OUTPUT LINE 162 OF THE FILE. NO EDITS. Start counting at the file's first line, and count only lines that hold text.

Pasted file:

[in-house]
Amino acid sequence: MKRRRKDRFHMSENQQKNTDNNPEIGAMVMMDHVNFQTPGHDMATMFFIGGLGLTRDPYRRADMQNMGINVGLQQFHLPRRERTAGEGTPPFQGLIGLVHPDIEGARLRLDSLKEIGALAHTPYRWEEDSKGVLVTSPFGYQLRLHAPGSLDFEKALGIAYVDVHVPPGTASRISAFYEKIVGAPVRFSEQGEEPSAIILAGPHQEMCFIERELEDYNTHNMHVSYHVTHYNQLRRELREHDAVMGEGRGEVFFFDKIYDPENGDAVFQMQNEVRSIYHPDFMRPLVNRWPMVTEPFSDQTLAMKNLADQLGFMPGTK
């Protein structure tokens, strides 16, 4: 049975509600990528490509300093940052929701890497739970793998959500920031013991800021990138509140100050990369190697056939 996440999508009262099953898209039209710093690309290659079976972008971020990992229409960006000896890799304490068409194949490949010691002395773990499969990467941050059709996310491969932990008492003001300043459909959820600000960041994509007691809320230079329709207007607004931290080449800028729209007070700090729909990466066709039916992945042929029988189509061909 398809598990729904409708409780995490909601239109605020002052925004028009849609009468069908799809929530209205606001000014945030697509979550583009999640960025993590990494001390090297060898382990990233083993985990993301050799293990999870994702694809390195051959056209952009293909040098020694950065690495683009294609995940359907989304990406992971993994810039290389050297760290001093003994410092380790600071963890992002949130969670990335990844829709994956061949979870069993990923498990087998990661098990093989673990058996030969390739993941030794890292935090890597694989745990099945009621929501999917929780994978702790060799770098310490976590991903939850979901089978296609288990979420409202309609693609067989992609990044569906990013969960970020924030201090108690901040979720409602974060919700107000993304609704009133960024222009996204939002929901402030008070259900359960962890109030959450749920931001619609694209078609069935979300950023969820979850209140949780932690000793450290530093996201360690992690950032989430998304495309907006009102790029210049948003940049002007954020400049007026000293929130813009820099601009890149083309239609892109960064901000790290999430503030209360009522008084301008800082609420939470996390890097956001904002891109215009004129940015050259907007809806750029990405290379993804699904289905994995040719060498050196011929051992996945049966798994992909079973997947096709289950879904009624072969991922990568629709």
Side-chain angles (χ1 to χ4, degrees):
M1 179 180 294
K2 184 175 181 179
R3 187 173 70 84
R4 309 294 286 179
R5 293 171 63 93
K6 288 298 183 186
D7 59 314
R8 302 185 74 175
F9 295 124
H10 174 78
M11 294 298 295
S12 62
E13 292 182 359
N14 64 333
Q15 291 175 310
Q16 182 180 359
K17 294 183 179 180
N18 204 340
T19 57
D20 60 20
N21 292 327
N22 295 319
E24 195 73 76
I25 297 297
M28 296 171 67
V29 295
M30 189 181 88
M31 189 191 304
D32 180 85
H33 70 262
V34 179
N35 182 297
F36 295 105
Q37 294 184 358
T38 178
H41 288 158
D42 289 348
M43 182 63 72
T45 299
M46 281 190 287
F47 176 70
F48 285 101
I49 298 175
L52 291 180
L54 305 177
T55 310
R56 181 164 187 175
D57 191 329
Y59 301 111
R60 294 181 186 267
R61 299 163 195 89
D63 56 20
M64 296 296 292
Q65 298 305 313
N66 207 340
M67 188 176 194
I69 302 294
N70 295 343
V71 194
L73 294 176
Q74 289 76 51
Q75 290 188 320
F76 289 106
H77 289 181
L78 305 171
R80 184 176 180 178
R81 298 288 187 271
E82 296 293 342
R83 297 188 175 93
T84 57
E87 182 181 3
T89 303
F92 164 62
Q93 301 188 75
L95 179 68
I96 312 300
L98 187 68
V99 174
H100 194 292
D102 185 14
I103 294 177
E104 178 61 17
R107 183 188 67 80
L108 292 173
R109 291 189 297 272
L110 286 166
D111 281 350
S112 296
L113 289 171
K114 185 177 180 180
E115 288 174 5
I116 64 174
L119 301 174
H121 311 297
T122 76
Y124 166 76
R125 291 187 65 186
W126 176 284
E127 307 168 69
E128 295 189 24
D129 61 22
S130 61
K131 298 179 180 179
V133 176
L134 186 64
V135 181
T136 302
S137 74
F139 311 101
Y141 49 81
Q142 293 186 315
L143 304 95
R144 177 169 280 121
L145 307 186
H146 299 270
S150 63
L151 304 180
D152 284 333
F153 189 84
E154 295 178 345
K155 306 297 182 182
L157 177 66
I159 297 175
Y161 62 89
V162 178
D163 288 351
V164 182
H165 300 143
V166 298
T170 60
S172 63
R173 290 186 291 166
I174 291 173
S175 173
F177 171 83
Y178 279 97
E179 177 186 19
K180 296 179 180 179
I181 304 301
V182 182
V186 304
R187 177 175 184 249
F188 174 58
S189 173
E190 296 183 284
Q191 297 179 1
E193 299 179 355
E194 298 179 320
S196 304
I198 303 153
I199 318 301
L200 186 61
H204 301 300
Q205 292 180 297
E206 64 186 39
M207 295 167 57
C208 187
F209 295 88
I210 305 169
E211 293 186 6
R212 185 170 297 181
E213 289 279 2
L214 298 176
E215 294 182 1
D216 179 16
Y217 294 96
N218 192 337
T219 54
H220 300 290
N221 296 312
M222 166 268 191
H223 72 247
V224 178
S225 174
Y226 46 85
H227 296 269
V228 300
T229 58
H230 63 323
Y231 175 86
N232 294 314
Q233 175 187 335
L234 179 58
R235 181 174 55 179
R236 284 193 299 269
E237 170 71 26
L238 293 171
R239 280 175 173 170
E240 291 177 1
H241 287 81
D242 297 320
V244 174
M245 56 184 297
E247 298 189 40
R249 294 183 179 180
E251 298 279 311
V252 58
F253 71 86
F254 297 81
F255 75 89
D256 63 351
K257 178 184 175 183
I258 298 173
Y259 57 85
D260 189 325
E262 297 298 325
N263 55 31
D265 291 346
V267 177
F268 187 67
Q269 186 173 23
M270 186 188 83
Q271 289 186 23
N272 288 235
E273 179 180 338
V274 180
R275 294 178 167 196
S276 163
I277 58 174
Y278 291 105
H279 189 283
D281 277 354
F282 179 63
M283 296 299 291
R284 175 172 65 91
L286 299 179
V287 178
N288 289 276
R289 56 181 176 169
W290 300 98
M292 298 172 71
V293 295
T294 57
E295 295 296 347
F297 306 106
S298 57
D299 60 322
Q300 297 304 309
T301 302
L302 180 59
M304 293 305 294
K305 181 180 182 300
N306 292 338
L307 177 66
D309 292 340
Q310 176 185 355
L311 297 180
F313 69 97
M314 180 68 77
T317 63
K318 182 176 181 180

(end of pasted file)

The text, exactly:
F209 295 88